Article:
How To Master Coloring Your Hair At Home

Photo by Alessandro Zeno
Whether you're looking to color your entire head or simply add a few highlights, at-home hair color can go south pretty quickly if you aren't careful. We caught up with Oliver Adams from Cream of Nature to get the scoop on five things you should know before coloring your hair at home.

Whether you're looking to color your entire head or simply add a few highlights, at-home hair color can go south pretty quickly if you aren't careful. We caught up with Cream of Nature hair colorist, Oliver "The Color King" Adams to get the scoop on five things you should know before coloring your hair at home.

1. Be mindful of the state that your hair is in. Coloring unhealthy hair will only further add to the damage. Adams recommends getting your hair to a "healthy state" before considering color to avoid risking issues with breakage, dryness and brittle hair.

2. Keep track of when you chemically process your hair. It goes without saying that you should be mindful of how frequently you color and when you color. If you are chemically straightening your hair, Adams recommends waiting at least two weeks post-relaxer to color so you are not over processing your hair while it is in a weakened state.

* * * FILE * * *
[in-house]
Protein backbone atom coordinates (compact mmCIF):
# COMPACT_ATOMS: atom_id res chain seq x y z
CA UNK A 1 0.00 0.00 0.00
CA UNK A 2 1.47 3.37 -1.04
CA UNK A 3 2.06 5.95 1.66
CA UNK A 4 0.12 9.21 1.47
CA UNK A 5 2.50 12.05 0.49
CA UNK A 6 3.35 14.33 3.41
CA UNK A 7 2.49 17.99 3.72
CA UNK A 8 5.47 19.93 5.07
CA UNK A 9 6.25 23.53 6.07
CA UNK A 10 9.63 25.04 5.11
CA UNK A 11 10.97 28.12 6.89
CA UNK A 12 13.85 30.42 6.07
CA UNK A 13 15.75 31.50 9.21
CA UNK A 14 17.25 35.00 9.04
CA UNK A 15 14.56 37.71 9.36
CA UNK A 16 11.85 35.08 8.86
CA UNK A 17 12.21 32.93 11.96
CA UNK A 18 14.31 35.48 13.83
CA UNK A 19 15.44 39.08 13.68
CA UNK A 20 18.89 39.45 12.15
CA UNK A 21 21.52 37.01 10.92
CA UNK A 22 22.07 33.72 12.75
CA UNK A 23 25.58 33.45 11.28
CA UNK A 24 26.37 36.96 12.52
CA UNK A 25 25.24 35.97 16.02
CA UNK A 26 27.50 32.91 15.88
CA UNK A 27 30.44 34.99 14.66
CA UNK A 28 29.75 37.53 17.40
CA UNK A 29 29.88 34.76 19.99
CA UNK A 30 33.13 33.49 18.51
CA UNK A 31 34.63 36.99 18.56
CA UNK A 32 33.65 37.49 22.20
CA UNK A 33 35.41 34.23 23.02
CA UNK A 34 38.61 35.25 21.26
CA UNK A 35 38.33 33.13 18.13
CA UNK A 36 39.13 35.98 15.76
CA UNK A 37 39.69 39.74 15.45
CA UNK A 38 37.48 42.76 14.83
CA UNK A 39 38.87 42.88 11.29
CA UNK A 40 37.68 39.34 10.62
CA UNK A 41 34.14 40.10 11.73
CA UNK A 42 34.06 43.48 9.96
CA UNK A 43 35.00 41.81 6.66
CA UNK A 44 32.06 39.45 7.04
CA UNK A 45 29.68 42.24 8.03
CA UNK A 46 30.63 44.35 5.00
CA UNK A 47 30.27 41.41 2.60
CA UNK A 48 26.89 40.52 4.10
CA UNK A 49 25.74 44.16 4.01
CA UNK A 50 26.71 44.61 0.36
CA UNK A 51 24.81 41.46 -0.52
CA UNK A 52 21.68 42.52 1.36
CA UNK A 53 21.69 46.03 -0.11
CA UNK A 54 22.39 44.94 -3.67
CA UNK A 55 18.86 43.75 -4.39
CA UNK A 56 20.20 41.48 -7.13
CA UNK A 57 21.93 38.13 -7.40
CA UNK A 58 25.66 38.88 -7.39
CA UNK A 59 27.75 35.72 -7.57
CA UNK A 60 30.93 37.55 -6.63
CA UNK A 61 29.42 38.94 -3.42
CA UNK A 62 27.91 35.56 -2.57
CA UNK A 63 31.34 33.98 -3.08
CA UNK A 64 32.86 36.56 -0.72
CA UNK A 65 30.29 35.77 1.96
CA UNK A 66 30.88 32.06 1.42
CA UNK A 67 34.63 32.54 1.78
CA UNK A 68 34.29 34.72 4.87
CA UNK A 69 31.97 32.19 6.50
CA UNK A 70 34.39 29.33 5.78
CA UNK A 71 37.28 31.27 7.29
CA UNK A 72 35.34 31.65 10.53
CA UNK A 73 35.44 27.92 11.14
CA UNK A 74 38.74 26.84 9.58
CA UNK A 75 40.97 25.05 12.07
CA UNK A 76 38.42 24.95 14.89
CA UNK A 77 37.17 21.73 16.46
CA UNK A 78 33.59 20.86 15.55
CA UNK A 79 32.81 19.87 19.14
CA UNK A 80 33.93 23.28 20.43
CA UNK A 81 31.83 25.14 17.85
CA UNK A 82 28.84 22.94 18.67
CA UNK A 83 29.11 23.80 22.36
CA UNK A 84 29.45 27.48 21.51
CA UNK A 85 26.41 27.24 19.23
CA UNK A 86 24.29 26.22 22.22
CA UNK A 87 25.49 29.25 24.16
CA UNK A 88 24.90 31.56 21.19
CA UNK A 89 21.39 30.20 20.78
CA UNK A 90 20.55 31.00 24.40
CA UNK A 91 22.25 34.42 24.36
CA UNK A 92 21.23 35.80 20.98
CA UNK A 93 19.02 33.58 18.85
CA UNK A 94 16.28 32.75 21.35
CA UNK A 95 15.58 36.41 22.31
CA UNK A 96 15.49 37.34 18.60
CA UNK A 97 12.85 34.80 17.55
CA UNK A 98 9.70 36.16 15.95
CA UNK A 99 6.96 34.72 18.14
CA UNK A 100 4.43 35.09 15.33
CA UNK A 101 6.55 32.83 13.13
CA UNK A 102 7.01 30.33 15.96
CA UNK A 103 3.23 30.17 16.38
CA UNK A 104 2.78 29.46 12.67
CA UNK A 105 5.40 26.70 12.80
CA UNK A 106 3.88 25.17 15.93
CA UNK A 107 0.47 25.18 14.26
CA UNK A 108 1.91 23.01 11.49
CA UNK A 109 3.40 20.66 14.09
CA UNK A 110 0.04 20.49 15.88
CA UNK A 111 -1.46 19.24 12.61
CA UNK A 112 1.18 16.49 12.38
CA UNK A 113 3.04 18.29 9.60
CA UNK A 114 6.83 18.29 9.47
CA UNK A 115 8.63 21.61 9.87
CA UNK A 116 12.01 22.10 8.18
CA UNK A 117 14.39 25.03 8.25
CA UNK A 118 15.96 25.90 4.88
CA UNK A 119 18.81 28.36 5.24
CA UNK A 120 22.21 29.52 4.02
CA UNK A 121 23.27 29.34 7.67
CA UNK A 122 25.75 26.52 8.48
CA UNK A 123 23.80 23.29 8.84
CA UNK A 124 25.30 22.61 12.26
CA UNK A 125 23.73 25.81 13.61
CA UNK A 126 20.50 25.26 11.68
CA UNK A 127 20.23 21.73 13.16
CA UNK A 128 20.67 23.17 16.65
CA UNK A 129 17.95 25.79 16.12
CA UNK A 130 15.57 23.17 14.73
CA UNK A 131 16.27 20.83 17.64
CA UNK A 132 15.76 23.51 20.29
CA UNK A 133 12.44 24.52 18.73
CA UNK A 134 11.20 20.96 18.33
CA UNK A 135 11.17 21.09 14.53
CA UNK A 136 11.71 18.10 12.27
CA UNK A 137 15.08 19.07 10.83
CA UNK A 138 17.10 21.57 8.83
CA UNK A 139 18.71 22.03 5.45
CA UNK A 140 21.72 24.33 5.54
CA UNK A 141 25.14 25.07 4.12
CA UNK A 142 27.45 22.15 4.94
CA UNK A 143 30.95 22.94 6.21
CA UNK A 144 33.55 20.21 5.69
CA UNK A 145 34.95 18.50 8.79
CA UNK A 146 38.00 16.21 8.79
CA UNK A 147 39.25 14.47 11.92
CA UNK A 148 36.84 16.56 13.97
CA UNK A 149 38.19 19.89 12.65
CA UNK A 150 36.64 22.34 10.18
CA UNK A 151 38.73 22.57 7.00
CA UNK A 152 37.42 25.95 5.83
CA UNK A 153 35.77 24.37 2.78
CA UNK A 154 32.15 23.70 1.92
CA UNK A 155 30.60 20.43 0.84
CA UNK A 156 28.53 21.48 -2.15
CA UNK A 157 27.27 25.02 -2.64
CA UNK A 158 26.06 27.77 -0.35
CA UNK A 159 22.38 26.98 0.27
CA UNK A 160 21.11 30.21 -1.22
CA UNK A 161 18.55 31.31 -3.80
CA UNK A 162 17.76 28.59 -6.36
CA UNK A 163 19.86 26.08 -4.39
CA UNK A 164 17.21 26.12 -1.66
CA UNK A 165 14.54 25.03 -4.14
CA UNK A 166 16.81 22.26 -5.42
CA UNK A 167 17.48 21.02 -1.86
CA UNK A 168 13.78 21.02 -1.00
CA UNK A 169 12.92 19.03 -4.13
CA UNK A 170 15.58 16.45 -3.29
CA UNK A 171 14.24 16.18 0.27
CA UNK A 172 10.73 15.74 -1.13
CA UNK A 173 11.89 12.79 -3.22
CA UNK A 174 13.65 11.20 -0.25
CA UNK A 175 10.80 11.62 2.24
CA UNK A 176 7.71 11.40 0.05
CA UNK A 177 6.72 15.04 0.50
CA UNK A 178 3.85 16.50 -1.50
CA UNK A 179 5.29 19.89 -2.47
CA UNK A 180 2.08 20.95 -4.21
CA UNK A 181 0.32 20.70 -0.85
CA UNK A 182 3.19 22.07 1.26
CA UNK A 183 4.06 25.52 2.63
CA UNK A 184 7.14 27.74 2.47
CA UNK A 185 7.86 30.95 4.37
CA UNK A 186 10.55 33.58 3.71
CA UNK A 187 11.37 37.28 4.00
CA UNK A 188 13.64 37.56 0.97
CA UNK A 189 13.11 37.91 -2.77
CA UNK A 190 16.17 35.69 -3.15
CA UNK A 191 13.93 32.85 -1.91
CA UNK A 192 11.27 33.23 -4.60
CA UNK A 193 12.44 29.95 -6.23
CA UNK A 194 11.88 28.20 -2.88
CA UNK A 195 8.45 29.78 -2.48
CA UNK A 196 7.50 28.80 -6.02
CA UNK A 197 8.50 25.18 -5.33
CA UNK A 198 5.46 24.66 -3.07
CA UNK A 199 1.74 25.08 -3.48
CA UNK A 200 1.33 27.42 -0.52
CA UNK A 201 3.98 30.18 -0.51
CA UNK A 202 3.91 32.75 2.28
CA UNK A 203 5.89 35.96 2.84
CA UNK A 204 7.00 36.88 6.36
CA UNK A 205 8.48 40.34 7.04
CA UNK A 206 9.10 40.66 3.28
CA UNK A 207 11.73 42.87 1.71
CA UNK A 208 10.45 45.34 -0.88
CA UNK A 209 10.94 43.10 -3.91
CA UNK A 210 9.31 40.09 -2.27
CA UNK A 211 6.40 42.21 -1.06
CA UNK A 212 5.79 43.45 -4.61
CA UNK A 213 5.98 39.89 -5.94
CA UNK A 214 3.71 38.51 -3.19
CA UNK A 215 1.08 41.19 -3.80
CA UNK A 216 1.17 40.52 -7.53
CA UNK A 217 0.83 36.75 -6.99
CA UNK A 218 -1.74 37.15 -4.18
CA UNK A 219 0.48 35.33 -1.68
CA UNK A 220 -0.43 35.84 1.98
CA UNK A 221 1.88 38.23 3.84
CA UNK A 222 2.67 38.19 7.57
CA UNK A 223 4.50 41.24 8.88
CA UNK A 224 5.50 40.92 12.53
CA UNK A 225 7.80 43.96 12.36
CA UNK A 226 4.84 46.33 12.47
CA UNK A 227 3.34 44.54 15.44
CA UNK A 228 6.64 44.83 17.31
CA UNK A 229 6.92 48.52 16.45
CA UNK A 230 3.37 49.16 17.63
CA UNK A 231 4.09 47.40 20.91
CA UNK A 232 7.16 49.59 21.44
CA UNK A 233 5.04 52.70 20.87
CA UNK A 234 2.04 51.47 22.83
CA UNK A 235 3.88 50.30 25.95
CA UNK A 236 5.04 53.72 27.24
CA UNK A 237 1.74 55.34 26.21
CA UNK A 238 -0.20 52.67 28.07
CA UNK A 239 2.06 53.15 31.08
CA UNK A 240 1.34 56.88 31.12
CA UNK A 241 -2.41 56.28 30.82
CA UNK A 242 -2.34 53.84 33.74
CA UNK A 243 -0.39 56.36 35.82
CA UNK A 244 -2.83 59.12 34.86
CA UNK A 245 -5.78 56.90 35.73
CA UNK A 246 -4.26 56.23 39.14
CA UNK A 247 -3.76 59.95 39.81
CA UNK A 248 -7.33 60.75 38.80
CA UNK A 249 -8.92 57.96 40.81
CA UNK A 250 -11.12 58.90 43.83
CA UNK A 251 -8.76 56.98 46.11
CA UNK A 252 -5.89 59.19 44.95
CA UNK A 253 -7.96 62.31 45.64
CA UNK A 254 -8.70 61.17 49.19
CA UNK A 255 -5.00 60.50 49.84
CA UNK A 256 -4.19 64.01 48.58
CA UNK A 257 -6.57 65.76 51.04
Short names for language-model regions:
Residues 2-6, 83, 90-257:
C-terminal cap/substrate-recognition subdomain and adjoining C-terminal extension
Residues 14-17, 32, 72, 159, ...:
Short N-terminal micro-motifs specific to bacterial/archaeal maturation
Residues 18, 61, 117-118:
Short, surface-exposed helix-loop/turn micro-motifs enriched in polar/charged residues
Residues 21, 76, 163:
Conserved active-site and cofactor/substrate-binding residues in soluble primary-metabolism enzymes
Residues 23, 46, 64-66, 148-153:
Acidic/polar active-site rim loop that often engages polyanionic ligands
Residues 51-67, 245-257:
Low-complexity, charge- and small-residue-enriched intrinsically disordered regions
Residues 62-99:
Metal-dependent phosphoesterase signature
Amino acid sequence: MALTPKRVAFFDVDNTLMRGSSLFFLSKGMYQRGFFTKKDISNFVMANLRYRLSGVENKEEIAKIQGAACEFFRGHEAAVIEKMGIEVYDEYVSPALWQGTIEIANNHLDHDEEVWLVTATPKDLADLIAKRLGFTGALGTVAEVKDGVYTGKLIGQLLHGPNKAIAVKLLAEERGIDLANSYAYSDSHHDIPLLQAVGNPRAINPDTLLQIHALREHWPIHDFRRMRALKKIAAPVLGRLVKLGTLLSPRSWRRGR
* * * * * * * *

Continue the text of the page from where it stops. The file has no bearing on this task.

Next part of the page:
3. Stay away from products with bleach. The at-home hair color kits of today are not the same ones your mom and your grandma once used. Gone are the days of lightening your strands with powder bleach that often resulted in uneven color and overprocessed (and damaged) hair. "Cream of Nature Moisture Rich Hair Color with Shea Butter Conditioner provides multi-dimensional color without stripping your strands of their natural oil. We've developed a formula that fortifies your strands leaving them strong and super soft."

4. Consider your skintone when choosing a color. While you may love Beyoncé’s hair color, it may not be super flattering for your skin tone. Adams recommends looking at photos of hair color that you like and "remixing the color to suit your look." If you really want to go blonde, but golden blonde is too bright for you, consider leaving your roots a little darker and opting for an ombré look instead. This will keep the warm colors close to your face, so your color doesn't make you look ashy or washed out.

5. Conduct a strand test. Lastly, and perhaps most importantly, before applying the color, test it on one of your strands first. "This is important to ensure that the color is something you're willing to commit to," states Adams. It's also a good marker to determine whether or not you react well to the product or if you have an intolerance. 

Whether you are considering color for the first time, or just experimenting with touching up your roots, it's always good to consult with your stylist to determine if your hair is healthy enough to color and what shade you should use if you plan to lighten your hair by two shades or more.

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